Posts Tagged ‘silicon wafer’
In Freelance Copywriting (Eng3316) we’ve started producing work in earnest and every week (including tomorrow) another student piece moves into their portfolio. All the students have signed up for work they’ve never tried before—ad concepts, radio scripts instructional booklets, and many other forms. All according to where their writing passions are leading them.
One thing I love about copywriting is learning new stuff. Whether it’s asking a doctor questions during brain surgery or watching a silicon wafer get doped and fired or learning about the medicines Lewis and Clark used (forced marches and blood-letting seemed to resolve a lot of their ailments). There is no end to fascination with how the world works. Putting what I learned into words (and images) electrifies the whole task: spooling out my argument and helping show why anyone would care what the patient said while the doctor probed his frontal lobe, or why ramping quickly to 900 degrees centigrade matters when firing a wafer or why Dr. Rush’s bilious pills had such a strong…(ahem) purging effect—it’s a puzzle that rewards more as I attend to it. Words and ideas are the puzzle pieces. The goal is to engage very particular audiences (with much shorter sentences than I’ve used here). James W. Young would call this the gather and masticating stages of the process. How could you not love this work?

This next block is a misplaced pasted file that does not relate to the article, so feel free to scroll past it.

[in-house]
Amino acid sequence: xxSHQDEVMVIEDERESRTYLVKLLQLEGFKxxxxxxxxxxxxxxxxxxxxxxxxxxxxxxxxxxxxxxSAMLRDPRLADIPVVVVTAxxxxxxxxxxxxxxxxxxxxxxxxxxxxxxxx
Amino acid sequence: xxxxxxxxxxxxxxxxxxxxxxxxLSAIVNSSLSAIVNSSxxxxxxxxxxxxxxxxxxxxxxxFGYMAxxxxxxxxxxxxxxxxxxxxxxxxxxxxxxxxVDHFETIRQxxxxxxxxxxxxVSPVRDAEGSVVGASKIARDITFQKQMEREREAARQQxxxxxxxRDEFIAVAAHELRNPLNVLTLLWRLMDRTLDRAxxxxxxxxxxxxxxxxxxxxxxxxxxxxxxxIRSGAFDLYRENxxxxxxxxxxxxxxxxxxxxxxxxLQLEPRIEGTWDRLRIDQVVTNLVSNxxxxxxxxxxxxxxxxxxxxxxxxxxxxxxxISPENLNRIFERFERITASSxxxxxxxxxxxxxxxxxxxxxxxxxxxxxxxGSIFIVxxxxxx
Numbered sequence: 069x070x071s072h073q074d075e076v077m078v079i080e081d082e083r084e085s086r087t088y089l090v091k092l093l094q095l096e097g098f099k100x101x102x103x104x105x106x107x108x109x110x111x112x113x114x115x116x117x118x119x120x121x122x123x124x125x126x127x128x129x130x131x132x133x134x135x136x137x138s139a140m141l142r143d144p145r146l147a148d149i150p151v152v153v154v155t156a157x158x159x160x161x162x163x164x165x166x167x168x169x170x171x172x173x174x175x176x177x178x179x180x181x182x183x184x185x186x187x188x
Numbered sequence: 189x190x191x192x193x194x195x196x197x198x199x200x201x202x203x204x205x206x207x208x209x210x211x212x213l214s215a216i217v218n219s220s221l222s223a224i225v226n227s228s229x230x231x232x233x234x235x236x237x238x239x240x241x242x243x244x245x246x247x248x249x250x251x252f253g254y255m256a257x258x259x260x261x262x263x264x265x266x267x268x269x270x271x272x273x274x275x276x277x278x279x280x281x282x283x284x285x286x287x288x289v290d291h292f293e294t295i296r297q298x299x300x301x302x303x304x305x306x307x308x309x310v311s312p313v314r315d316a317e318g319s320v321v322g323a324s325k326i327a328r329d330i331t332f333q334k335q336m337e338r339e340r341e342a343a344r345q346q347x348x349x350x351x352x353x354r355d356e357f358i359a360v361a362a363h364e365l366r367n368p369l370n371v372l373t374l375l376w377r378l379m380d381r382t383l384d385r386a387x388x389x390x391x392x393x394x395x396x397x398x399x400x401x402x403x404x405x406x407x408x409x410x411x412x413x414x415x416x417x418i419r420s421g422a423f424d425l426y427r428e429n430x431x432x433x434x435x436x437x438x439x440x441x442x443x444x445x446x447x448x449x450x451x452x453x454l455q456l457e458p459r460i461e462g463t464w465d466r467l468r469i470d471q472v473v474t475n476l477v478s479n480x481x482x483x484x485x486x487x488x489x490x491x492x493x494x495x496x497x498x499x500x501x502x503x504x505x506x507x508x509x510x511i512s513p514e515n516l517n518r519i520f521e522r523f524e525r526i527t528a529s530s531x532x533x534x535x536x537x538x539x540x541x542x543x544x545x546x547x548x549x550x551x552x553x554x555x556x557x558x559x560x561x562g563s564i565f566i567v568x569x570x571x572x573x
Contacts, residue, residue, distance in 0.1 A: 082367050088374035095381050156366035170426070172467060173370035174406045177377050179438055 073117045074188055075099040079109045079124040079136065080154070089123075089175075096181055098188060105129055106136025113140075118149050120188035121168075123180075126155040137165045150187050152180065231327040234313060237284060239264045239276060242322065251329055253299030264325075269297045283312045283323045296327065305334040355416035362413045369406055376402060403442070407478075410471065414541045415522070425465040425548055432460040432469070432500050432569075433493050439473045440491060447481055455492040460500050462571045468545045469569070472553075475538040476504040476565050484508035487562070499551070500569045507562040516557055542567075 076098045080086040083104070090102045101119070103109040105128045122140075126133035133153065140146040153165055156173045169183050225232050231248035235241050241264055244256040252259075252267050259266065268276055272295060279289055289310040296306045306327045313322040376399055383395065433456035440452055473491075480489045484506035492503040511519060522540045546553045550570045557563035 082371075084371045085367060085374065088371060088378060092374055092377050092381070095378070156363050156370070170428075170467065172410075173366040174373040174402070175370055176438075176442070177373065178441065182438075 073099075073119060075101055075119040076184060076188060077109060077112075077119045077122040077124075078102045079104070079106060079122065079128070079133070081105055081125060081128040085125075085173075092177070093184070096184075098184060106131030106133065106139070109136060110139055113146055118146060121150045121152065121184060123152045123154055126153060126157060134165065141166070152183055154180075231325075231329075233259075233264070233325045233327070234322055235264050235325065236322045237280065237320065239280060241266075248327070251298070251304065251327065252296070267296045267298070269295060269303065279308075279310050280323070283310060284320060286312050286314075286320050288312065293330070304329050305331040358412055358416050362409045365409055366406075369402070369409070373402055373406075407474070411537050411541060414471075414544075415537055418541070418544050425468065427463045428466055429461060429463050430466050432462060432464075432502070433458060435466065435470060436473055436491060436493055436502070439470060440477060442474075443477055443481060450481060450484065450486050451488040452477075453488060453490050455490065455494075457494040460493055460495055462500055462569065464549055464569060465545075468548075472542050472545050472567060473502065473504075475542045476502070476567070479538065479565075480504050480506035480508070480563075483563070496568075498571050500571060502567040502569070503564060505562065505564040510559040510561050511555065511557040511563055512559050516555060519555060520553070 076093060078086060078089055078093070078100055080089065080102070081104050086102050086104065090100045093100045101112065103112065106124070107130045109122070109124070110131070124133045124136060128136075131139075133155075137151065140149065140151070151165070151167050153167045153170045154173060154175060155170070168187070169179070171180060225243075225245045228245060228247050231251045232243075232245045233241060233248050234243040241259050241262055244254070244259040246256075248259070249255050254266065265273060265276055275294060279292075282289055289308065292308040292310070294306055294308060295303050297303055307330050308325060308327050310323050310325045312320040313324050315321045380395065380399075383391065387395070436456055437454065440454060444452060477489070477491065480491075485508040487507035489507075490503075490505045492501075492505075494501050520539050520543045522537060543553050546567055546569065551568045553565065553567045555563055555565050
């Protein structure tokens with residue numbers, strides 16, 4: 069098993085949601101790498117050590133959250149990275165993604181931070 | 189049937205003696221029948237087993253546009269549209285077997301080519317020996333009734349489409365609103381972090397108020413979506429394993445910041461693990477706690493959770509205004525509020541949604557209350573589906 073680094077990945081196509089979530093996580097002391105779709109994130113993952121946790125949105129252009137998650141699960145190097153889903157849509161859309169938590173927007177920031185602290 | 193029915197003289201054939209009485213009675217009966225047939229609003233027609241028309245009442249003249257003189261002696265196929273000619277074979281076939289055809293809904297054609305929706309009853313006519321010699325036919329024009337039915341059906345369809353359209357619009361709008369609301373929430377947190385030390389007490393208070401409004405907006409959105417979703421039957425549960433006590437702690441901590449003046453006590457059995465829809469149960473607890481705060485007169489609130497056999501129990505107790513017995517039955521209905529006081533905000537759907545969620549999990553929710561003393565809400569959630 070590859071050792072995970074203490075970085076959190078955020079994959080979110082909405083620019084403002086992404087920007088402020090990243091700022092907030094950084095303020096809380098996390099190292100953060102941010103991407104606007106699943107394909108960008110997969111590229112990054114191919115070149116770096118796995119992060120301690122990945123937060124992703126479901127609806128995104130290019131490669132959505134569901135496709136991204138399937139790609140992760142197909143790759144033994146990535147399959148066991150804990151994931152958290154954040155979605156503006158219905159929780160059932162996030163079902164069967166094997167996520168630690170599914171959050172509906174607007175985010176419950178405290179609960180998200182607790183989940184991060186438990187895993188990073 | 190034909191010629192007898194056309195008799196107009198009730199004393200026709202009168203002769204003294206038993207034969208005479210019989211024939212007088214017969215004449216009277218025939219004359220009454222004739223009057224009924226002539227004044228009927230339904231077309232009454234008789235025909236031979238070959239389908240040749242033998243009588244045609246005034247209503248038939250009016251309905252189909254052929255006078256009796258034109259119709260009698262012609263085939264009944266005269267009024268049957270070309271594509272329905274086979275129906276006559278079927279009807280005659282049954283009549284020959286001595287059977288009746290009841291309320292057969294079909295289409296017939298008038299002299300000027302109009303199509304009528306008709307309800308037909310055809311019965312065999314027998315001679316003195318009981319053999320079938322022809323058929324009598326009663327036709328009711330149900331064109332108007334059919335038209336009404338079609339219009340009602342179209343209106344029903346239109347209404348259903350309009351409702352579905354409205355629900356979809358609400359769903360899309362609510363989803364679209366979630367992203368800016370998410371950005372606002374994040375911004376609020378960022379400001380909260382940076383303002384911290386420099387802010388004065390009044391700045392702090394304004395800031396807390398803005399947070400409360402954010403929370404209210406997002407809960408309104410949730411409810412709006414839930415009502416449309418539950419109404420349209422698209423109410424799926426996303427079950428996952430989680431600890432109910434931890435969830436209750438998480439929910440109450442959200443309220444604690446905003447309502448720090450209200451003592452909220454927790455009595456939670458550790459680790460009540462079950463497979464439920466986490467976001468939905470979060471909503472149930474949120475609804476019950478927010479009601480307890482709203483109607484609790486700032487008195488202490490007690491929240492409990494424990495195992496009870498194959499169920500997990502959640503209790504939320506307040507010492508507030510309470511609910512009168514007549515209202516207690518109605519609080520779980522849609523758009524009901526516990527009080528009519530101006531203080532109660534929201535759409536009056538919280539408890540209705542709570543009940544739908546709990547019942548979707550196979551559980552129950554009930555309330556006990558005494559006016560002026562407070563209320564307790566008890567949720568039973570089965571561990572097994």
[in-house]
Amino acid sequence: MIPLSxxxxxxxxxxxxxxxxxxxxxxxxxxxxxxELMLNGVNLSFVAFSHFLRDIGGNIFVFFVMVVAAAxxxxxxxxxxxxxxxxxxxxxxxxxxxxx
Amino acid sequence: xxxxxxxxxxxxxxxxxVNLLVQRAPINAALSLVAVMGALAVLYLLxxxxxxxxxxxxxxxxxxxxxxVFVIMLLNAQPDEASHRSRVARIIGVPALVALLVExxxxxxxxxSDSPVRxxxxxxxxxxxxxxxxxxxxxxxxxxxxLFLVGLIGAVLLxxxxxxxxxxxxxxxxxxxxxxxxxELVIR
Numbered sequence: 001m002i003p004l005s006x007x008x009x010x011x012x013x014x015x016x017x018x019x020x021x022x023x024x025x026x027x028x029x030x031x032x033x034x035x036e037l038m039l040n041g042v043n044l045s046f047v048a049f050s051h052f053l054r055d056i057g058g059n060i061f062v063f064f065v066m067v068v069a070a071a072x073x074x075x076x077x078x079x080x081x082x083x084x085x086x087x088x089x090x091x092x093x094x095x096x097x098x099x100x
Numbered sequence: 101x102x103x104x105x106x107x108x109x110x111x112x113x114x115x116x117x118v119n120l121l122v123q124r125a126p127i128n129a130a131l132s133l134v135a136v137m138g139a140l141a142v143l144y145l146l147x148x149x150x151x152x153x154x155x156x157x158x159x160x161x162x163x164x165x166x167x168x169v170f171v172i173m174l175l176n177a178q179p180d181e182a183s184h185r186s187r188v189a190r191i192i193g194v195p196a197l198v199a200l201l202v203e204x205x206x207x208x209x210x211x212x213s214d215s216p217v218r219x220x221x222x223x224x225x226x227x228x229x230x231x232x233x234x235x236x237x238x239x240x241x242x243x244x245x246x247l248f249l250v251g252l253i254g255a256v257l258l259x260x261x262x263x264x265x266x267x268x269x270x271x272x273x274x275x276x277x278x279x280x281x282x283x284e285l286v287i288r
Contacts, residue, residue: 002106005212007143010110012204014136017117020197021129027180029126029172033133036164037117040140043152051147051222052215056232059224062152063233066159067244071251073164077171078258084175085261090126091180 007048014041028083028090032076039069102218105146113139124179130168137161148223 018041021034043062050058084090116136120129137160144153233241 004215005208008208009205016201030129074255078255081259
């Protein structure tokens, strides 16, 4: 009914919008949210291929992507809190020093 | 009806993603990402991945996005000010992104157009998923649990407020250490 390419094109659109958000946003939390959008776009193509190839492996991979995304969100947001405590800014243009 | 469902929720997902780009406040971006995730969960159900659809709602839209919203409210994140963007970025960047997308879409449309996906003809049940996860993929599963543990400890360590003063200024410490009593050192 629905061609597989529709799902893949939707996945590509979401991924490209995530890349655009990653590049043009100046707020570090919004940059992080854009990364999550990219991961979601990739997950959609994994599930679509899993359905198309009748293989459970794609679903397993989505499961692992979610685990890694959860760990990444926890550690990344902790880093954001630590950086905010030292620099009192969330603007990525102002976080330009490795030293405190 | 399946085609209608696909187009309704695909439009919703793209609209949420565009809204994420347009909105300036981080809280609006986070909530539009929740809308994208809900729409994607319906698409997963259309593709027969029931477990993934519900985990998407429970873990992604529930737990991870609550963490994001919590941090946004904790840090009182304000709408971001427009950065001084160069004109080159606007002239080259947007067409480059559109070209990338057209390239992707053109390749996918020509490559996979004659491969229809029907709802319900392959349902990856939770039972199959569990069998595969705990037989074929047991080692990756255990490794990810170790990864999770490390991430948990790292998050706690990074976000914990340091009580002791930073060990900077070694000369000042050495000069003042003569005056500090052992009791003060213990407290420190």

Part of the research is figuring out what makes a good print ad. Or what makes a radio spot compelling. In other words, what forms have people used to tell these stories in the past and how do we use these forms today? Or do we pick a new form (which typically means recycling another older form)? These are questions we answer again and again as we look at what’s being done today and revisit the best of the best.
But love of learning is the engine. And putting things into words is the transmission. These are the bare bones vehicle of a copywriter.
Image via Copyranter